I never spent much time in the closet; I spent most of my life in denial. In high school, I was just as self-conscious of every girl, but on top of making sure I was seen as popular and funny and smart and athletic and pretty, I obsessed over making sure I looked straight. There was never an incident where I was “falsely” outed; there wasn’t an overwhelming homophobic environment at my school; it was a delusional fear that I had created from my heterosexual hallucination.
I worried about hugging my friends for too long or saying something “weird” to my teammates, and I woke up every morning and planned my outfit around not looking gay. Instead of accepting the lesbian that I saw in the mirror, I did everything I could to mask her. I created ridiculous rationales as to why I couldn’t wear certain articles of clothing as if people would read them as clearly as rainbow body paint. This is an abridged version:
1. A watch
Men wear watches and women just ask men what time it is. Lesbians don’t talk to men, so they need to wear watches in order to know what time it is.
2. A ponytail
Lesbians never have time to do their hair. They’re too busy liking girls!
3. No makeup
4. A sports bra in gym class
Everyone knows that only lesbians are athletes. Just because I play sports after school doesn’t mean I have to sweat through my mega push-up bra (that I’m wearing because I am a 16-year-old girl and we are the only ones who actually purchase these torture chambers). If I actually tried, then maybe I’d beat a boy. And boys don’t like when girls beat them. And I want them to like me.
5. Shorts longer than a quarter inch
My inseam needs to be just shy of risking a lip slip because boys like looking at girls’ butts and I do what boys like. I don’t look at girls’ butts though. Because I’m straight.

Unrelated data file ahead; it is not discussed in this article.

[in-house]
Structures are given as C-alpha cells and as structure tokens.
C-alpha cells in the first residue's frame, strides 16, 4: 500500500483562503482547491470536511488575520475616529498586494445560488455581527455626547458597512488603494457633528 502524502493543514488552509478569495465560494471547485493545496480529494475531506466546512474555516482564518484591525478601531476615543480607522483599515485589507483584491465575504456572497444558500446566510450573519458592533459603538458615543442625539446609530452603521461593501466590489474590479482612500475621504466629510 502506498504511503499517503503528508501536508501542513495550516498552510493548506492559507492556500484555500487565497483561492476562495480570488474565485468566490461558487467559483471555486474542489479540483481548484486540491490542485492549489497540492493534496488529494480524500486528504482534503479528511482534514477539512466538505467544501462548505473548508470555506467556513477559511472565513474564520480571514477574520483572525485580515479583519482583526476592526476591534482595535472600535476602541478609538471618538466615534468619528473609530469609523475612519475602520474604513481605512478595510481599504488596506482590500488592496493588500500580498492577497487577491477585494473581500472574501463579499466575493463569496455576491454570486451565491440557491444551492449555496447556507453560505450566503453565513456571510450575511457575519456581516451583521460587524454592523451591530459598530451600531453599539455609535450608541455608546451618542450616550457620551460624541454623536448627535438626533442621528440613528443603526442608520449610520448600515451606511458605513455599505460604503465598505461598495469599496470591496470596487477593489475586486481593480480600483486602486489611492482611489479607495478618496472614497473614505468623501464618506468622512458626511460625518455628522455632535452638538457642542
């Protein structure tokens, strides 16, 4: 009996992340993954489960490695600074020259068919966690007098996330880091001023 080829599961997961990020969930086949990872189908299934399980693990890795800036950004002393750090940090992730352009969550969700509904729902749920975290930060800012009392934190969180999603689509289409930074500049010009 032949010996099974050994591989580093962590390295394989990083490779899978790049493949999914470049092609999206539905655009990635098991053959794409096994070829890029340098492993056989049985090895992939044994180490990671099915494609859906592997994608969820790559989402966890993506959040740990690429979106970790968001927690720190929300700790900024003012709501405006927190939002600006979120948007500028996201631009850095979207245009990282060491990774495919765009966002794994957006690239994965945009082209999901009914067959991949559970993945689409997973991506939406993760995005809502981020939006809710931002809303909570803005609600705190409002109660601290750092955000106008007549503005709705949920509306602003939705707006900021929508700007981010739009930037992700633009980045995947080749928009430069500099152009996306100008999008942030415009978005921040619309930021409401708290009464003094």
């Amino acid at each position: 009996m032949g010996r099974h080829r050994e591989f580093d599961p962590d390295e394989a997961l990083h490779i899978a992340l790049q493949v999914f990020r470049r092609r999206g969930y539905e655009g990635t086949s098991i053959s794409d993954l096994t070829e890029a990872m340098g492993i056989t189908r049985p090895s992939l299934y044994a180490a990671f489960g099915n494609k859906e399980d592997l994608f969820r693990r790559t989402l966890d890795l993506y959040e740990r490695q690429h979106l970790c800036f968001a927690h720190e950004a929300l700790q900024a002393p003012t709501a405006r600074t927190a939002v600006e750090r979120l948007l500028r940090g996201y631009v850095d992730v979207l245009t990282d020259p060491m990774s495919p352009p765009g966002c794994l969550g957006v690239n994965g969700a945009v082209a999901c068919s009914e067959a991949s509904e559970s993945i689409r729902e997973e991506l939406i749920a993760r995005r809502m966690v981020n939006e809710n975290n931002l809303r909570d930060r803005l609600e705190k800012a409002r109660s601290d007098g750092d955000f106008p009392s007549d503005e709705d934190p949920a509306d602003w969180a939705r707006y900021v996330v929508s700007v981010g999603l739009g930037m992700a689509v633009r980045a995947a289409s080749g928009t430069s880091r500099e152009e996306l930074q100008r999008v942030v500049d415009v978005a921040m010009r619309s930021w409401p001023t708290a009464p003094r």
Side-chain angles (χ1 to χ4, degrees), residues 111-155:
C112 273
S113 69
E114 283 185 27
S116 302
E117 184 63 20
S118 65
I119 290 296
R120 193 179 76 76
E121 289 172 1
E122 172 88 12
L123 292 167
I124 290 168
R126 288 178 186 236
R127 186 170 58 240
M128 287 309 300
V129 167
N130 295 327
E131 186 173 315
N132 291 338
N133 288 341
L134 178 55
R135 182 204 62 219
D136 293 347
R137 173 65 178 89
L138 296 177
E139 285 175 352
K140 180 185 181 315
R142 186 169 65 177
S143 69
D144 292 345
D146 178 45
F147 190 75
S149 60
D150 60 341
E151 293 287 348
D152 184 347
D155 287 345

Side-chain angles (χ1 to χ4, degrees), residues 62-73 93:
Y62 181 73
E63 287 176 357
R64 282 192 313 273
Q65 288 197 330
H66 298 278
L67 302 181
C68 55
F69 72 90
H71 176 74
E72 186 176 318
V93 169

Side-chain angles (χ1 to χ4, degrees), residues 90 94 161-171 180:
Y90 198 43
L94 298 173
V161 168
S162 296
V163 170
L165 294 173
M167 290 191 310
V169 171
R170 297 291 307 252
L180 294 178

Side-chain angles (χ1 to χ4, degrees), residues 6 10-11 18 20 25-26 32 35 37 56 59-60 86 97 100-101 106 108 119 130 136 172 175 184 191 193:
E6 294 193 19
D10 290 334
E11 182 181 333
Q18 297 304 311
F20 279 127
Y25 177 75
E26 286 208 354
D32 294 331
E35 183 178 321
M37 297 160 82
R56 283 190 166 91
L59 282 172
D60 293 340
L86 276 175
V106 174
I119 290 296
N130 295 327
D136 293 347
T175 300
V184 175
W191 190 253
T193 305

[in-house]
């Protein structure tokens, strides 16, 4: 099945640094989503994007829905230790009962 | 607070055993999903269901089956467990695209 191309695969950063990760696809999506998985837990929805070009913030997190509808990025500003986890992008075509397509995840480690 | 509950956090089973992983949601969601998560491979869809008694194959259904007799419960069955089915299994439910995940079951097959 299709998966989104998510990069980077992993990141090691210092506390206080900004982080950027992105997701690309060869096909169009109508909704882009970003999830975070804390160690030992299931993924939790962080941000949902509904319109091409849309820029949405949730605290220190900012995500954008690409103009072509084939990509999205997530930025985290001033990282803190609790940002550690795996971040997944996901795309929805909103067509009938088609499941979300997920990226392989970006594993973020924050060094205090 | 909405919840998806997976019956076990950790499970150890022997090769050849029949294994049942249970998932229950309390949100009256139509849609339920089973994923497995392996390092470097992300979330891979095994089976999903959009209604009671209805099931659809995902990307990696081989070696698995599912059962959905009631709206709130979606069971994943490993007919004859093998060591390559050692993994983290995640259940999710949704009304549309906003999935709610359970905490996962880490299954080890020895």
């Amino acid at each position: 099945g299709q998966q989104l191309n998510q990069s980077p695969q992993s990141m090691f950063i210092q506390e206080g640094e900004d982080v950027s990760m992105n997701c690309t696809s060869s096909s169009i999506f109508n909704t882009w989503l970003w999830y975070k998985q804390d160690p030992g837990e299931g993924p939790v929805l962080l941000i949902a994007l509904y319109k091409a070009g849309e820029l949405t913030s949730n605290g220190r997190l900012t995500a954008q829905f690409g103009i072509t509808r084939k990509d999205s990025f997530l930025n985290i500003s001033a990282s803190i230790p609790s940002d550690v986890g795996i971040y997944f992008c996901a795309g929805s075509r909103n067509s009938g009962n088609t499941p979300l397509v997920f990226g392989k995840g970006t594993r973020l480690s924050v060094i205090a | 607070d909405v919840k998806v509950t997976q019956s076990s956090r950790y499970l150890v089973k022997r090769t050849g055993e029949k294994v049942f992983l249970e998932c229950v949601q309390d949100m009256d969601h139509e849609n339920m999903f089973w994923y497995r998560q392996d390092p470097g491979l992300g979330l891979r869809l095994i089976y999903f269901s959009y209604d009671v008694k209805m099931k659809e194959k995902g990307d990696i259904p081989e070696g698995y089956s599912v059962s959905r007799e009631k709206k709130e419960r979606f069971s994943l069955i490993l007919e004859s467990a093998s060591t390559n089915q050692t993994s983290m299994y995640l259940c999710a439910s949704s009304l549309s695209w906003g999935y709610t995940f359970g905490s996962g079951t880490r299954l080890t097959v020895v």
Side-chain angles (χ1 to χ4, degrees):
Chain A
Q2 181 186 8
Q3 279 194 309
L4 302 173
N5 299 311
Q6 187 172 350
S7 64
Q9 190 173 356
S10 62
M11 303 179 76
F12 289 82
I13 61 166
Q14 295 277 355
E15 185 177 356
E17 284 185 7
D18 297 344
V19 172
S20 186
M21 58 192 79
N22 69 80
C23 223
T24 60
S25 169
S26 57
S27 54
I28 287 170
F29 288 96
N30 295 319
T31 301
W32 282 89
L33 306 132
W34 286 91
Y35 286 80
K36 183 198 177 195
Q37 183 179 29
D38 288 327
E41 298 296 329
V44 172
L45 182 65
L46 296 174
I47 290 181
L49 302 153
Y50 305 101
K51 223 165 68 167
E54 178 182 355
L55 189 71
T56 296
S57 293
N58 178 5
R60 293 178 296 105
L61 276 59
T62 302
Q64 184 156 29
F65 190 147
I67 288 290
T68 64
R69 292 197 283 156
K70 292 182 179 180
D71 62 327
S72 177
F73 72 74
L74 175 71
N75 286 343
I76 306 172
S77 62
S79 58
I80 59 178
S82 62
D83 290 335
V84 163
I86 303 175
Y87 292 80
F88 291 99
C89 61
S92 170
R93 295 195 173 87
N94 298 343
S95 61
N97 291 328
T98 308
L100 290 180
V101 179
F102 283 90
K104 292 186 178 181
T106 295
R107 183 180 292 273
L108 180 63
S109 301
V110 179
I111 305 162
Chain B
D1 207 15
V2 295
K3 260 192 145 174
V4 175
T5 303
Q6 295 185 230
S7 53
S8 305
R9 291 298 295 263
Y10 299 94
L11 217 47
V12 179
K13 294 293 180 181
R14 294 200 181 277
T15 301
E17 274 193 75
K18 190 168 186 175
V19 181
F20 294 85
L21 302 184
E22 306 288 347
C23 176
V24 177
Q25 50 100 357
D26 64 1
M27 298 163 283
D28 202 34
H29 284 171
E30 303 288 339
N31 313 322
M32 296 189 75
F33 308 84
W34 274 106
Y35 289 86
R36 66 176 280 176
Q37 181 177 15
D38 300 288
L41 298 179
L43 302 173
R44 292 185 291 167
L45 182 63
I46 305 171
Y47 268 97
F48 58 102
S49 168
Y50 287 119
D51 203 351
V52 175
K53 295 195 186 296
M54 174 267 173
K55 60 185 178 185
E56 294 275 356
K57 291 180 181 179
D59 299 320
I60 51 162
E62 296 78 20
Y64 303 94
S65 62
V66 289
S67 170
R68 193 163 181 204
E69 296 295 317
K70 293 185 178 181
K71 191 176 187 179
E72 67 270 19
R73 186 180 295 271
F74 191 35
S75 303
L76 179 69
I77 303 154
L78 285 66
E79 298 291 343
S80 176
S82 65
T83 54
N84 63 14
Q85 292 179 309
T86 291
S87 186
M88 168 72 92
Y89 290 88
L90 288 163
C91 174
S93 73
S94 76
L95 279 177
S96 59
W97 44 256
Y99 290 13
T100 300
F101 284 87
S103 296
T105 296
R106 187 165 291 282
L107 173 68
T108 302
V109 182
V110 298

6. Bare nails
You know who else besides lesbians don’t wear nail polish? Dudes! And what else do they have in common? They like girls! Not me though! I paint my nails pussy pink to let everyone know I am NOT interested in women.
7. Oversized shirt
This may be the style now, but when I was in high school, everything had to be tight. Like white on rice. Or me on boys! Because I’m straight, remember??
8. Dress pants
One time I had to wear dress pants to a funeral and I felt like a powerful woman. Like Bette Porter from The L Word. Who is a lesbian. Ipso facto, only lesbians wear dress pants.
When I was in high school something inside me told me that being lesbian meant being masculine, and being masculine meant being ugly. I was the only person who saw the lesbian that I was trying to hide, but I still rejected her. “That couldn’t be me,” I thought, “I barely fit the stereotype. I HAVE to be straight.” This black-and-white style of thinking didn’t let me see the rainbow of opportunities that people could be (hehe, get it?). I could be girly and gay just like I could be manly and man-loving. There was no one “look” that determines someone’s sexuality.
Even after I came out, I am still not recognized as a lesbian unless I am kissing my girlfriend in public, and even then, people are still convinced that we’re just putting on a show. I had the opposite dilemma; when I went out to gay bars, I tried desperately to “look gay.” Had I learned nothing? I feel best when I’m not trying to look straight, gay, or anything else but myself.
I still have a very feminine style, but after getting over my irrational compulsion to look a certain way, I’ve been able to pull off some looks girls would only dream to. But more importantly, I’ve worn clothes my high school self would have been mortified over. Which is fine with me, because she was kind of a judgmental bitch anyway.